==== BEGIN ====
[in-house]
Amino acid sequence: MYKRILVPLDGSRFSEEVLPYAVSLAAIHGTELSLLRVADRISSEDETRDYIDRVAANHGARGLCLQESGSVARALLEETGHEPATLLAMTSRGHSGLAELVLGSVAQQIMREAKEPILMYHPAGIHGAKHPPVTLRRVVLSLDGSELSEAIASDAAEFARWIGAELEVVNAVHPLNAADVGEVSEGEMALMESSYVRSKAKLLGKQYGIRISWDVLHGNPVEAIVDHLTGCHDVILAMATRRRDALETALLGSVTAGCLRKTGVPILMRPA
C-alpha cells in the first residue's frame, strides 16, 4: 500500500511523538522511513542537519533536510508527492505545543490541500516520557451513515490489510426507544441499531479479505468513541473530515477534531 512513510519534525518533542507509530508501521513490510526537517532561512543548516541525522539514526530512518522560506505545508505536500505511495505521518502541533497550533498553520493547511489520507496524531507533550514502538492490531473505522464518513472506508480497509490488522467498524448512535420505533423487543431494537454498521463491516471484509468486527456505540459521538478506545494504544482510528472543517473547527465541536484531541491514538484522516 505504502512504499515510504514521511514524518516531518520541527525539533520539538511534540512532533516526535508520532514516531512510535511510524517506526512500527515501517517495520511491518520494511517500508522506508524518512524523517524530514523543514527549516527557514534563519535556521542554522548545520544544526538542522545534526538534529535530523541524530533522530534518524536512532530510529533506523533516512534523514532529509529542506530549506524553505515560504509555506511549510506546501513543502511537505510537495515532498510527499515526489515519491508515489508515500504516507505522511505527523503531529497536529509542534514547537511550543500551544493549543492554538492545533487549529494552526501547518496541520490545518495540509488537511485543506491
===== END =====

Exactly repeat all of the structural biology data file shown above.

[in-house]
Amino acid sequence: MYKRILVPLDGSRFSEEVLPYAVSLAAIHGTELSLLRVADRISSEDETRDYIDRVAANHGARGLCLQESGSVARALLEETGHEPATLLAMTSRGHSGLAELVLGSVAQQIMREAKEPILMYHPAGIHGAKHPPVTLRRVVLSLDGSELSEAIASDAAEFARWIGAELEVVNAVHPLNAADVGEVSEGEMALMESSYVRSKAKLLGKQYGIRISWDVLHGNPVEAIVDHLTGCHDVILAMATRRRDALETALLGSVTAGCLRKTGVPILMRPA
C-alpha cells in the first residue's frame, strides 16, 4: 500500500511523538522511513542537519533536510508527492505545543490541500516520557451513515490489510426507544441499531479479505468513541473530515477534531 512513510519534525518533542507509530508501521513490510526537517532561512543548516541525522539514526530512518522560506505545508505536500505511495505521518502541533497550533498553520493547511489520507496524531507533550514502538492490531473505522464518513472506508480497509490488522467498524448512535420505533423487543431494537454498521463491516471484509468486527456505540459521538478506545494504544482510528472543517473547527465541536484531541491514538484522516 505504502512504499515510504514521511514524518516531518520541527525539533520539538511534540512532533516526535508520532514516531512510535511510524517506526512500527515501517517495520511491518520494511517500508522506508524518512524523517524530514523543514527549516527557514534563519535556521542554522548545520544544526538542522545534526538534529535530523541524530533522530534518524536512532530510529533506523533516512534523514532529509529542506530549506524553505515560504509555506511549510506546501513543502511537505510537495515532498510527499515526489515519491508515489508515500504516507505522511505527523503531529497536529509542534514547537511550543500551544493549543492554538492545533487549529494552526501547518496541520490545518495540509488537511485543506491